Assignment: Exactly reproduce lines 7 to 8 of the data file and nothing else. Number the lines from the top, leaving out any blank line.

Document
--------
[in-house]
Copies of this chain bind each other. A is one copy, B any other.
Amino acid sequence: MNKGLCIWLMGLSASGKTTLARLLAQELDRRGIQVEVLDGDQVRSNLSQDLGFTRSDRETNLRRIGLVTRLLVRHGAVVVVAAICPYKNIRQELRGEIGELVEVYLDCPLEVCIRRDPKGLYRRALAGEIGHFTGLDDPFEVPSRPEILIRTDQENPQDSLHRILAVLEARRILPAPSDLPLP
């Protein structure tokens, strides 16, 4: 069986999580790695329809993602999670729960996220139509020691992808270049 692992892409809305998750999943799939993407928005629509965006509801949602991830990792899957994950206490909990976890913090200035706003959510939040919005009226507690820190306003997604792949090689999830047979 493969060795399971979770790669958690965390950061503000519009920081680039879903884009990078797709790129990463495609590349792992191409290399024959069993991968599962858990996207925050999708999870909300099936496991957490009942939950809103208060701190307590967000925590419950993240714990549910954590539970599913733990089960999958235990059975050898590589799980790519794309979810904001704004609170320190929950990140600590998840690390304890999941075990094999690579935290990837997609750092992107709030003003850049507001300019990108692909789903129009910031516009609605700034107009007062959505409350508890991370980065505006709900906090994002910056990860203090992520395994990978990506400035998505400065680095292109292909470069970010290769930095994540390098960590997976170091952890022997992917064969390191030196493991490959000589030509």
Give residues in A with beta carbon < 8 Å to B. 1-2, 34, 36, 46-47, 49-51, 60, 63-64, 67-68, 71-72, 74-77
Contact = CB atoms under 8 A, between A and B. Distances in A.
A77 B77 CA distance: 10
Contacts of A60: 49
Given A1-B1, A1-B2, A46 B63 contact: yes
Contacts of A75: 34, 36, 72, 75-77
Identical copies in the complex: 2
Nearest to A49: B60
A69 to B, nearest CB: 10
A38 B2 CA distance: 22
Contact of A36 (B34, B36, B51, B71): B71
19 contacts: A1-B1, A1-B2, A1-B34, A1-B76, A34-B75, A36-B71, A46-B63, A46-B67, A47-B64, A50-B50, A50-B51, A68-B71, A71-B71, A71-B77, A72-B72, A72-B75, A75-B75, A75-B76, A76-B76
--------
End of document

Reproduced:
A77 B77 CA distance: 10
Contacts of A60: 49